Common courtesy and decorum are two reasons most cited as to why we do not speak our minds. A more honest reason would be that we do not want to deal with the consequences of telling the truth. It is easy to soft pedal the answer, skirt around the issue, or refuse to commit one way or the other.

Speaking our mind and making a decision is the only way to move forward in life. The Rev. Dr. Raymond Charles Barker once wrote about people “who do not know what to do or do not know what they want.” His opinion was that what they were really saying is that they “are too lazy to determine [their] own experience or think another person is better equipped to determine [their] good.” Dr. Barker used his out loud voice a lot.

Using our voice for making a decision and telling the truth is a way for us to free ourselves from the shackles of indecision and frustration. If there is an ongoing issue in your life, take some time to decide what you want to do about it. If you do not know what to do, remember the words of Dr. Barker and give me a call to talk…

In Spirit, Truth and Playfulness,

Terry

“No” Is a Complete Sentence

I have very few friends or acquaintances that are not over-scheduled or stressed-out because of the demands they have put on themselves. Like attracts like, so I too fall into that category more often than I would care to admit.

Please note that I did not blame this on the demands placed on us by others, but rather those that we place on ourselves. We have only ourselves to credit with being too busy, even if it was at the insistence of someone else that we do something. Why? Because we said “yes.”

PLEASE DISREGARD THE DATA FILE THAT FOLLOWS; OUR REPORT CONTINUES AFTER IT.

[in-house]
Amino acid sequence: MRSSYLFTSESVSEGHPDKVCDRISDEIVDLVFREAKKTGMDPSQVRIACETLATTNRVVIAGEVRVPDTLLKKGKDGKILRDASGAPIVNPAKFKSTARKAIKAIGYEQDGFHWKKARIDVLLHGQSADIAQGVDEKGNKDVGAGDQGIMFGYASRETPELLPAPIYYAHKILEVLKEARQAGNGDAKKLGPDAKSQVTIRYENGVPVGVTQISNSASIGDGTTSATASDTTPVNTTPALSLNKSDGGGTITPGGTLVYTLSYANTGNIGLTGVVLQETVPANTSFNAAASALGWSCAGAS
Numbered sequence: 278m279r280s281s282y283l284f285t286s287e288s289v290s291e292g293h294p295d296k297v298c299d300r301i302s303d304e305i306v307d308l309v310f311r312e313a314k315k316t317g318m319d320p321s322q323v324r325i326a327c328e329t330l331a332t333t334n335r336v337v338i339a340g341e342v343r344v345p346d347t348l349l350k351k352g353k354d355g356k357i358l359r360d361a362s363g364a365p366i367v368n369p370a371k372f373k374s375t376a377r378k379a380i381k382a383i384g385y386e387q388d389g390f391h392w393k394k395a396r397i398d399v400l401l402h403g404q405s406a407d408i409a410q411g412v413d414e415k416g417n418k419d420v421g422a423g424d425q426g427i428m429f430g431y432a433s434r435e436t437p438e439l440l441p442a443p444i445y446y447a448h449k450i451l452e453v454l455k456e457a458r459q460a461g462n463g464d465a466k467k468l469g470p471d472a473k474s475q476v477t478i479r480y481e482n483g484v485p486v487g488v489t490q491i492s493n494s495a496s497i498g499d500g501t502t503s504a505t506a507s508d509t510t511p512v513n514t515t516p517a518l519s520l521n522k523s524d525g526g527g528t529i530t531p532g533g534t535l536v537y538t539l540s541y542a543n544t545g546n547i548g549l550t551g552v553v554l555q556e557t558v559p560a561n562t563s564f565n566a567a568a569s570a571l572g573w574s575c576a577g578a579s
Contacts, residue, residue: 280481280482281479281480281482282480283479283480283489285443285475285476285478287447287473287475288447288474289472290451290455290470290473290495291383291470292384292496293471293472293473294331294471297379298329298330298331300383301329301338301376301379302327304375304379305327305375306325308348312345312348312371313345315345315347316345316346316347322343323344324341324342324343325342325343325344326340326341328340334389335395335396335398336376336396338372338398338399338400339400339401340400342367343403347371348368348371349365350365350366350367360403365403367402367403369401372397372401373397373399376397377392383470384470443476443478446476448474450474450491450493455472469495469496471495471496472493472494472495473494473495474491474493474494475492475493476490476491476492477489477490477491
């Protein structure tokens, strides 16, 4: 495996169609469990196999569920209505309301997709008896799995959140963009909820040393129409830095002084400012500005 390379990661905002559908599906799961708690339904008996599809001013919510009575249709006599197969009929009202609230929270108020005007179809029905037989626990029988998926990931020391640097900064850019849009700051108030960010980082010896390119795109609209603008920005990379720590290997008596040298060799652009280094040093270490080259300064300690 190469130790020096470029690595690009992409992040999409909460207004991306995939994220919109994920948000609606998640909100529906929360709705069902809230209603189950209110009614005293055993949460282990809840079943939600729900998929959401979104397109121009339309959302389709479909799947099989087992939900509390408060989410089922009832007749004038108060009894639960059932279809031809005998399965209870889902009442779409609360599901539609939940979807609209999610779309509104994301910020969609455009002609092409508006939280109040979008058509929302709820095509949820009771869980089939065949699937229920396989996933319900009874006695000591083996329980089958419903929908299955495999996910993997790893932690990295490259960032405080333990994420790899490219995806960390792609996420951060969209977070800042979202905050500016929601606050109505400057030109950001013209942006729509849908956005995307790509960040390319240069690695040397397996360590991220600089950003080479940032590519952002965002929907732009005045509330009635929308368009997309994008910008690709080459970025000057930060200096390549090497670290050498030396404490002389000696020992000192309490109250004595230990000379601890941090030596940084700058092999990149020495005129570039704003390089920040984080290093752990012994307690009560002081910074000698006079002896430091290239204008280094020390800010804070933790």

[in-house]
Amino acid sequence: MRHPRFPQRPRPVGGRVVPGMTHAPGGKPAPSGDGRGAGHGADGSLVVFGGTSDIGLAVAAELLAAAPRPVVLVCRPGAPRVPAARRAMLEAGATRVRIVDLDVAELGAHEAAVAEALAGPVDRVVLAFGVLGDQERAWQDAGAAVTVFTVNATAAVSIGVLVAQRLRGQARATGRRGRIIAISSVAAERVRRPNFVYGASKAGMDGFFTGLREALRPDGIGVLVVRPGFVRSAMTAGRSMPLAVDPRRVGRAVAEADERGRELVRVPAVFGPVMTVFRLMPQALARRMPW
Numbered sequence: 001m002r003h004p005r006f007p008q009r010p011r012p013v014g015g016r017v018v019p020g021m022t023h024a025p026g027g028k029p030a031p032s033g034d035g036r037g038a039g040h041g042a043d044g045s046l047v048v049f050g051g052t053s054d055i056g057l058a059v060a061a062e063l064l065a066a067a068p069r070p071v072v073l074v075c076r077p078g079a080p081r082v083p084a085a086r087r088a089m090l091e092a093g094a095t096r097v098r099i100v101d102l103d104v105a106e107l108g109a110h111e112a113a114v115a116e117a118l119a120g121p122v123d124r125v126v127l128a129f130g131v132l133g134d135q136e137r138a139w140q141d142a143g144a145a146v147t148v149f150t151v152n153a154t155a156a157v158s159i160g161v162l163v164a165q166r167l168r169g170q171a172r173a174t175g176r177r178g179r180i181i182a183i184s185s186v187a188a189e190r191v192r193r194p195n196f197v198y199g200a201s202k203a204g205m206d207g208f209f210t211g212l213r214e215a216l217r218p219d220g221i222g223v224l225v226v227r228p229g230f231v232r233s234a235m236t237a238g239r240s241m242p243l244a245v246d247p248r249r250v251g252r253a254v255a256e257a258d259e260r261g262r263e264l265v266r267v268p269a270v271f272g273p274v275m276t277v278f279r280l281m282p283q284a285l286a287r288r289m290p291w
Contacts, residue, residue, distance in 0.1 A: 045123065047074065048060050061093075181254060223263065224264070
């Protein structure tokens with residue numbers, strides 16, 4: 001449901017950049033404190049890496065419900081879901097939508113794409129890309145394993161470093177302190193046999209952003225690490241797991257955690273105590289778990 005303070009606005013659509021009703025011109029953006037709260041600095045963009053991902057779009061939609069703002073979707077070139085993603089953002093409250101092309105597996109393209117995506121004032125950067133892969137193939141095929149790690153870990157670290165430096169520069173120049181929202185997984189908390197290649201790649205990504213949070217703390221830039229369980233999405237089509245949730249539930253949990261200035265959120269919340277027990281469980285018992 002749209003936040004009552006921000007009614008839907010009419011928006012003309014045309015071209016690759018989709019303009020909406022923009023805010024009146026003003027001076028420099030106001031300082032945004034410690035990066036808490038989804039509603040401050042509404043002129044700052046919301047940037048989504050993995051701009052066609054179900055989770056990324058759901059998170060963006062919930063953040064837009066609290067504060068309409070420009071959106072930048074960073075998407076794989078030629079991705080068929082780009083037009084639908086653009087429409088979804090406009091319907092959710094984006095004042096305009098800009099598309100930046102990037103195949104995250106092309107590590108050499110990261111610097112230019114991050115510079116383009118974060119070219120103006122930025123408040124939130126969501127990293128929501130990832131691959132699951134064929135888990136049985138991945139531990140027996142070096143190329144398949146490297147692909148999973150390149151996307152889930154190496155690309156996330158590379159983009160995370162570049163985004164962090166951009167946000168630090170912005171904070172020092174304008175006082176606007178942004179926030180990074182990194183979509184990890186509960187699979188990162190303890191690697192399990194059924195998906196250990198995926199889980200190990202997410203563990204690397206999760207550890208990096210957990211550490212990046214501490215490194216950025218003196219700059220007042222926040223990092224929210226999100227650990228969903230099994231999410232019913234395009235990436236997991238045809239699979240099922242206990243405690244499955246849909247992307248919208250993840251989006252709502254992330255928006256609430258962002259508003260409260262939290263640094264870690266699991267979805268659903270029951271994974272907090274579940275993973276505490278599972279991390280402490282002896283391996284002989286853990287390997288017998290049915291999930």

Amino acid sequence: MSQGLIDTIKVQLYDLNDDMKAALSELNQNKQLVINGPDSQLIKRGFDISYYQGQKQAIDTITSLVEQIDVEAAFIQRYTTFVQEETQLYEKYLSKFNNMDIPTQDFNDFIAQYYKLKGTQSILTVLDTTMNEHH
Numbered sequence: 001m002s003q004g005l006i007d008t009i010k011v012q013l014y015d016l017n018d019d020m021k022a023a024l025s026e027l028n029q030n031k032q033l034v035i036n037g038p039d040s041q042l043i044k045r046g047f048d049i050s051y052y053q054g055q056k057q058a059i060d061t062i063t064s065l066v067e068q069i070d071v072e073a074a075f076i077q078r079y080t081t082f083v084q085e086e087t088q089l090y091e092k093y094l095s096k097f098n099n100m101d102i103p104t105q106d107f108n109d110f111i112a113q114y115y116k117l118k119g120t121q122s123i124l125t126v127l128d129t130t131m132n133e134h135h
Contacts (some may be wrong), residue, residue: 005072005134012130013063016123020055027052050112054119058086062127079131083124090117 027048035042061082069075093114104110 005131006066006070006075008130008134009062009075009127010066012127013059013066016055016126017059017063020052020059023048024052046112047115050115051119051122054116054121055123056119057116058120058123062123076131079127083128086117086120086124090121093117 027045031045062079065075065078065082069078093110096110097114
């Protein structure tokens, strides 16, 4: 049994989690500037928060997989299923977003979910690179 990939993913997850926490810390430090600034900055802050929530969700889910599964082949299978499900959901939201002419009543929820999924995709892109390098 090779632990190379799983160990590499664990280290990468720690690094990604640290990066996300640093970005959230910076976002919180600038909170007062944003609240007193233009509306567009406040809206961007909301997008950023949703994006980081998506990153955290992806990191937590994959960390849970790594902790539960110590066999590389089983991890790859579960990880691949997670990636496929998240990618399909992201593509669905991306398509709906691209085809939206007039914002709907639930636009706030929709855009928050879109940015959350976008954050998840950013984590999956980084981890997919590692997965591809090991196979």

We frequently say “yes” because we cannot think of a convenient, believable or acceptable reason why we should say “no.” How about “I do not want to do that” for starters?

“No” is a complete sentence. I am usually amused, sometimes annoyed, by people who respond negatively to a request I have made, only to follow their answer with a litany of reasons or excuses why they cannot comply. Personally, I do not need your reasons or your excuses. I hope you are unable to fulfill my request because you have something even more wonderful and exciting to do. Good for you!

If you do not want to do something someone else asks of you, please say “no.” Not, “No, because…” Acting out of obligation instead of willingness does not encourage clarity; neither does making excuses that sound like our own personal pity party. When we agree to do anything we do not want to do we muddy the energy around us. Instead of enjoying the task, we experience an underlying, nagging feeling of resentment. Why not respectfully decline and allow someone else who wants to fulfill the request be given the opportunity to serve?

Just for part of today, think carefully before you answer “yes” to something you do not want to do. Weigh the outcome, take a deep breath, and then answer from your heart. If you can say “no” without anger, resentment or attitude you will find a freedom you have not experienced up until now.

In Spirit, Joy and Playfulness,

Terry